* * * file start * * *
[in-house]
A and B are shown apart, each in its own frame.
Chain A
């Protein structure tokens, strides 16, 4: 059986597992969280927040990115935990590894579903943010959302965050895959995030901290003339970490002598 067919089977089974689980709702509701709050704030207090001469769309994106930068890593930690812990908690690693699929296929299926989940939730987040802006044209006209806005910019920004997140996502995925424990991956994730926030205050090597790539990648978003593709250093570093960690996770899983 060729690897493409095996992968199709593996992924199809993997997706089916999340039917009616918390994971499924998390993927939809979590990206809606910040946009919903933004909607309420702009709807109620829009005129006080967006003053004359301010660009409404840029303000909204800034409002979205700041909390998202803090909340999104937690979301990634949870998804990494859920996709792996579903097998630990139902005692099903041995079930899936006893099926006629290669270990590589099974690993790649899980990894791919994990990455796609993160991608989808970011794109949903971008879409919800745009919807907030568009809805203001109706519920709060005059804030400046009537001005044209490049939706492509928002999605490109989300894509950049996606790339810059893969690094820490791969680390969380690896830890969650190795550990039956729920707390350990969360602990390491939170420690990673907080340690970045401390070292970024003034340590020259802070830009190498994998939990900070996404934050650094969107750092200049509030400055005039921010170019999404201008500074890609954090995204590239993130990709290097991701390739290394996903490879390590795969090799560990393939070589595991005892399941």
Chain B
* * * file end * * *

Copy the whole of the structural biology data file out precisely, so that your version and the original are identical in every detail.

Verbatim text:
[in-house]
A and B are shown apart, each in its own frame.
Chain A
């Protein structure tokens, strides 16, 4: 059986597992969280927040990115935990590894579903943010959302965050895959995030901290003339970490002598 067919089977089974689980709702509701709050704030207090001469769309994106930068890593930690812990908690690693699929296929299926989940939730987040802006044209006209806005910019920004997140996502995925424990991956994730926030205050090597790539990648978003593709250093570093960690996770899983 060729690897493409095996992968199709593996992924199809993997997706089916999340039917009616918390994971499924998390993927939809979590990206809606910040946009919903933004909607309420702009709807109620829009005129006080967006003053004359301010660009409404840029303000909204800034409002979205700041909390998202803090909340999104937690979301990634949870998804990494859920996709792996579903097998630990139902005692099903041995079930899936006893099926006629290669270990590589099974690993790649899980990894791919994990990455796609993160991608989808970011794109949903971008879409919800745009919807907030568009809805203001109706519920709060005059804030400046009537001005044209490049939706492509928002999605490109989300894509950049996606790339810059893969690094820490791969680390969380690896830890969650190795550990039956729920707390350990969360602990390491939170420690990673907080340690970045401390070292970024003034340590020259802070830009190498994998939990900070996404934050650094969107750092200049509030400055005039921010170019999404201008500074890609954090995204590239993130990709290097991701390739290394996903490879390590795969090799560990393939070589595991005892399941």
Chain B